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Movie Reviews

Kick-Ass 2




Released: 2013

Directed By: Jeff Wadlow

Starring: Aaron Taylor-Johnson, Jim Carrey, Chloe Grace Moretz

Certificate: 15

Reviewed By: Darryl Griffiths

Arriving on the scene back in 2010 with a potty mouth and an eagerness to subvert audience expectations, Matthew Vaughn’s ‘Kick-Ass’ took a bazooka and emphatically knocked its superhuman counterparts off their family-friendly pedestals, with an outrageous mix of tongue-in-cheek violence and wit as sharp as its characters’ weapons of choice. Now handing the reins to Jeff Wadlow, the director faces an unenviable task to match its predecessor whilst riding out the storm of controversy that has consistently clouded the big screen ‘adaptations’ of Mark Millar’s graphic novels.

We begin with Dave Lizewski (Taylor- Johnson) and Mindy Mccready (Moretz) both battling inner conflicts. Slipping into bouts of depression and uncertain of his direction, Dave is eager to be a benefactor in the forming of a team of superheroes. For Mindy, the confines of high school remain an ‘alien’ world for her, still plagued by the loss of Nicolas Cage’s Big Daddy as she struggles to embrace the snobbish stereotypes instilled by the ‘Mean Girls’ and ‘muscle bound jocks’ brigade.

Such ‘torment’ pales into insignificance, once they catch word of Chris D’Amico’s (Mintz-Plasse) heinous transition from clumsy superhero to a racially dismissive and politically incorrect villain. Complete with a gimp suit and an eclectic assembling of low-rent henchmen/woman, Chris becomes the obscenely titled ‘MotherF***er’. Waging war on Kick-Ass and Hit-Girl after the ‘explosive’ exit of his criminal father, thankfully our heroic duo enlist the help of ‘Justice Forever’, a team led by Jim Carrey’s ‘born again Christian’ Colonel Stars and Stripes whom were inspired by their early acts of justice.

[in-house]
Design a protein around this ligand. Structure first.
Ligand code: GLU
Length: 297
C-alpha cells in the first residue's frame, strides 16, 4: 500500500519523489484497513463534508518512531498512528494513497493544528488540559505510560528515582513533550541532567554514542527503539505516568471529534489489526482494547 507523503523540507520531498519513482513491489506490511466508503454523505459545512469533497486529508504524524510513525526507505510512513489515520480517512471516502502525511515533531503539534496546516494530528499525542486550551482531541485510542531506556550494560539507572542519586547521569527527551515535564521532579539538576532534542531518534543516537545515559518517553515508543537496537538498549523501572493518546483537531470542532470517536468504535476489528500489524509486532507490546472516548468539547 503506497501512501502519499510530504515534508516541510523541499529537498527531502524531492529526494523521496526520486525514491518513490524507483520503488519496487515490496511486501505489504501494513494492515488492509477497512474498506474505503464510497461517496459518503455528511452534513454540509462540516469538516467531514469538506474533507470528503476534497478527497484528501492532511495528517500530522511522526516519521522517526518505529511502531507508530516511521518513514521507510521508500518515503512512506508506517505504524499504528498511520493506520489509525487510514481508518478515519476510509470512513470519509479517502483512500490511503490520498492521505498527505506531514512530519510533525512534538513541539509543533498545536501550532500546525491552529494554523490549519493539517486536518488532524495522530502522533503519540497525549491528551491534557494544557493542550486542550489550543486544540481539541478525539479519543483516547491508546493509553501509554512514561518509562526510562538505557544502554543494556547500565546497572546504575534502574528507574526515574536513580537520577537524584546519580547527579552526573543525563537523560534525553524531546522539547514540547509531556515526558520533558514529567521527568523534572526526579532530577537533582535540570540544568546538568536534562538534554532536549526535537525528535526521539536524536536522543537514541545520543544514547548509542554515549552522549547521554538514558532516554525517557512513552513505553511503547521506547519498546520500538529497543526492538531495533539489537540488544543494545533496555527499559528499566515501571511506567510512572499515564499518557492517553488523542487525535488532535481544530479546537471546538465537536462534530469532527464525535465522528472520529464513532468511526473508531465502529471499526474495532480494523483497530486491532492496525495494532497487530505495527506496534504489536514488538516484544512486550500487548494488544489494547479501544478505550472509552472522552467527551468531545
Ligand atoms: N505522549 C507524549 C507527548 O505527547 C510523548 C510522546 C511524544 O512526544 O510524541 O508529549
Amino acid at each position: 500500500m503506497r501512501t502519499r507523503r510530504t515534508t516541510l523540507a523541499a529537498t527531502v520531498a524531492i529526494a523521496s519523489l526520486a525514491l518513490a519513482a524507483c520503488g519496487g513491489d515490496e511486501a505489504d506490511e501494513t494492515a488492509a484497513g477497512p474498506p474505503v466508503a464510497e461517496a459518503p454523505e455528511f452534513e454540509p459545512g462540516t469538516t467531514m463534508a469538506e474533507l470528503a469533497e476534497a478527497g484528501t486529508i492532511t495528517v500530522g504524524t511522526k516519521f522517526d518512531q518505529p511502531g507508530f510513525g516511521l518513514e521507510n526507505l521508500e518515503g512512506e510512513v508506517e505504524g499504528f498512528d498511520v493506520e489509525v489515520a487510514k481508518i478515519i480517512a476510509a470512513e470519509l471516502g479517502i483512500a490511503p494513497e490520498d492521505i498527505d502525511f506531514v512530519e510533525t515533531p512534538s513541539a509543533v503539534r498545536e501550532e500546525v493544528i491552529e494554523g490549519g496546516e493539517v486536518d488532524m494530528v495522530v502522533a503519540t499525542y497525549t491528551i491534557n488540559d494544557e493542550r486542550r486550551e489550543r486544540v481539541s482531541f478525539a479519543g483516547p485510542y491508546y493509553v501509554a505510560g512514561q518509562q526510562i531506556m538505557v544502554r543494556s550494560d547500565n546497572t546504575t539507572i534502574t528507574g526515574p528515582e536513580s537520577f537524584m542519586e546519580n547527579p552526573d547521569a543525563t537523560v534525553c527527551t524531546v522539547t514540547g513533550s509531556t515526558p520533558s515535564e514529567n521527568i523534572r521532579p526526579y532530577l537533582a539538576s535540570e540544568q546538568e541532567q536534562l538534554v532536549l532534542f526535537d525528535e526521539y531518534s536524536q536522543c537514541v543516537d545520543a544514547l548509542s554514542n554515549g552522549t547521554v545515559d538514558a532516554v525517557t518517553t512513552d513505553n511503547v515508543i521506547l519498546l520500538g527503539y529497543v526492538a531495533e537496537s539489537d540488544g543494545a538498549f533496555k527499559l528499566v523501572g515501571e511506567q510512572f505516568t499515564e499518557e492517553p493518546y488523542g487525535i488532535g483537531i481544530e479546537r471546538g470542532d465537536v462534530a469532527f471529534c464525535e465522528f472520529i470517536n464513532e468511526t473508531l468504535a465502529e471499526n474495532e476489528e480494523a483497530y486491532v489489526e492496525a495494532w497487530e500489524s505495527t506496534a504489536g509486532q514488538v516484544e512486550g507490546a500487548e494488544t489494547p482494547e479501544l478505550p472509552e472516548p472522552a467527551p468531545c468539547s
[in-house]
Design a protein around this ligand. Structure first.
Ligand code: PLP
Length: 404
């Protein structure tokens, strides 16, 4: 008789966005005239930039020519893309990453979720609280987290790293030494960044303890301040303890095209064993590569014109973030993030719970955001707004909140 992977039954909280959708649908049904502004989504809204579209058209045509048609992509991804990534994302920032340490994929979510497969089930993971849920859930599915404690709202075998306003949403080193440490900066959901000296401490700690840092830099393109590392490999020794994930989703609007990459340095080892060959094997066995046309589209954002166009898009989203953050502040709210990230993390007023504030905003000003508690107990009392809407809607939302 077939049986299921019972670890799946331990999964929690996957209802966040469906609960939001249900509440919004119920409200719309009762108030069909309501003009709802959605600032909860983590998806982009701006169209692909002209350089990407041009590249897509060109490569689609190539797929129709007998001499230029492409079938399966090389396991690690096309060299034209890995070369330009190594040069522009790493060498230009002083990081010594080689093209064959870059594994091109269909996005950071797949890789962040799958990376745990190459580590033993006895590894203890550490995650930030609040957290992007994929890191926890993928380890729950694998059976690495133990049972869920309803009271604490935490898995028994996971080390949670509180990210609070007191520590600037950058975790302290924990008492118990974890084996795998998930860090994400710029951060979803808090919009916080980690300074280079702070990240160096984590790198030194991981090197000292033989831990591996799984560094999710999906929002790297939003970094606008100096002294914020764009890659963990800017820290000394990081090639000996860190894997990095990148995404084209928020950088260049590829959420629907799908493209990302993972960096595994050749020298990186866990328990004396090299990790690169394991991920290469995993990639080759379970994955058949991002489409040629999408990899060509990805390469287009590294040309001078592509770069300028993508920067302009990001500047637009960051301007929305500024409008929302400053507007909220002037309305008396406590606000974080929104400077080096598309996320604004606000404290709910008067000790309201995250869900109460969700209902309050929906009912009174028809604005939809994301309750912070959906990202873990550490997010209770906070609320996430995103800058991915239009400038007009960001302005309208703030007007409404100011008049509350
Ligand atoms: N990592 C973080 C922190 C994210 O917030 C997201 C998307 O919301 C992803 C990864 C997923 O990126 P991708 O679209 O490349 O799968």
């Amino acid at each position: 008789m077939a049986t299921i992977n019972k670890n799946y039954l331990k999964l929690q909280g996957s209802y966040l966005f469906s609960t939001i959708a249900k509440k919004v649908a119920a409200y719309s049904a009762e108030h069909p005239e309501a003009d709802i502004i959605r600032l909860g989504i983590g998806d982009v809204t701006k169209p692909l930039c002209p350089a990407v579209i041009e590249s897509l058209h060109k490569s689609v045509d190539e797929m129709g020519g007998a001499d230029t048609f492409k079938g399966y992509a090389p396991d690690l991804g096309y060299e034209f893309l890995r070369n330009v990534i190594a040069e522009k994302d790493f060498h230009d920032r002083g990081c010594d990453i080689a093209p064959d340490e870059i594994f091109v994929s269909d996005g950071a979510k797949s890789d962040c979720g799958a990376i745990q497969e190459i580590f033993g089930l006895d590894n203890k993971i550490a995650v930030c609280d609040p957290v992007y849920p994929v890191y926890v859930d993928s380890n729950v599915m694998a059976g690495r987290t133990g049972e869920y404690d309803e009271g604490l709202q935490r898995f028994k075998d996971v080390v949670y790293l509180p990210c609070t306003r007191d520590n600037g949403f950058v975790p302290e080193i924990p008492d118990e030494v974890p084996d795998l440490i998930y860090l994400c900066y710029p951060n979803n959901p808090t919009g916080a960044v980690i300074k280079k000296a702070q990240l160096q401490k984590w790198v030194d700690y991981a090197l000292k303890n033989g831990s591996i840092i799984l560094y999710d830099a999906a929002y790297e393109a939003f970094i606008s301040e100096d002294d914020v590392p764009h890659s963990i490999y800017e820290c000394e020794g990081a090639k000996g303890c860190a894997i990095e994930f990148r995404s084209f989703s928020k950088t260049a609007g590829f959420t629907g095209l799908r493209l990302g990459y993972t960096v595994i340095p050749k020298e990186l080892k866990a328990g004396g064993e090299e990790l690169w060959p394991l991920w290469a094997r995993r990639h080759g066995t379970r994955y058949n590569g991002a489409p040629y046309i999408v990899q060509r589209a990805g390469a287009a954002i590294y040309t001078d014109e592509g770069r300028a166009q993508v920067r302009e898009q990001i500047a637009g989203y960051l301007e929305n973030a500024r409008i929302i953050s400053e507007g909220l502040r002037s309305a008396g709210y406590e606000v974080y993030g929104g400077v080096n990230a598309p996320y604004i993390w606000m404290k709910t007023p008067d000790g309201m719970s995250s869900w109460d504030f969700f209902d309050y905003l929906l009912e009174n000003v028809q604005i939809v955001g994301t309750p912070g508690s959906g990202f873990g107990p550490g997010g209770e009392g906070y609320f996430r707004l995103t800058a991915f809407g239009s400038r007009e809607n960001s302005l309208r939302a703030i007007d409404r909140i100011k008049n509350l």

In a time where studio-enforced compromise of such franchises are a regular occurrence, it’s to Wadlow’s credit that ‘Kick-Ass 2’ sticks to its uncompromising ‘guns’, making only select and essential deviations from its source material in a bid to avoid public outrage. Now renowned for sending up core elements of the genre, it is perhaps inevitable that this sequel slips into more conventional territory. Its regular reinforcement of ‘This is real life!’ and references to fellow superheroes may sporadically jar tonally with its heightened cartoonish and violent tendencies, but Wadlow keeps proceedings relatively fresh by proving efficient in tackling the generic ‘human’ side of the film also.

With more emphasis on its supporting cast, Aaron Taylor-Johnson’s Kick-Ass despite a solid performance isn’t quite as prominent to the functionality of the narrative. Leaving his female partner-in-crime to carry the ‘burden’, Chloe Grace Moretz shows no signs of strain with yet another superior performance. Bringing some welcome gravitas to her character as she expresses the teenage angst and yearnings befitting of her age without losing the commanding presence of her Hit-Girl, fans will likely be clamouring for her own spin-off after this showing. Thoroughly convincing as a repugnant and despicable villain, Christopher Mintz-Plasse officially sheds his ‘Mclovin’ tag here with a monstrous transformation from ‘Red Mist’ to the ‘MotherF***er’ whilst Jim Carrey for all his public ‘backtracking’, is an astute if underused addition.

Upping the levels of brash outrageousness and the scale of its frenetic set-pieces, Wadlow’s effort may not quite be as meticulous in its tonal balance or pack the offbeat originality of Vaughn’s quality predecessor. Yet ‘Kick-Ass 2’ proves to be a solid and relentlessly entertaining sequel that retains a sense of warped fun in the directorial transferral.

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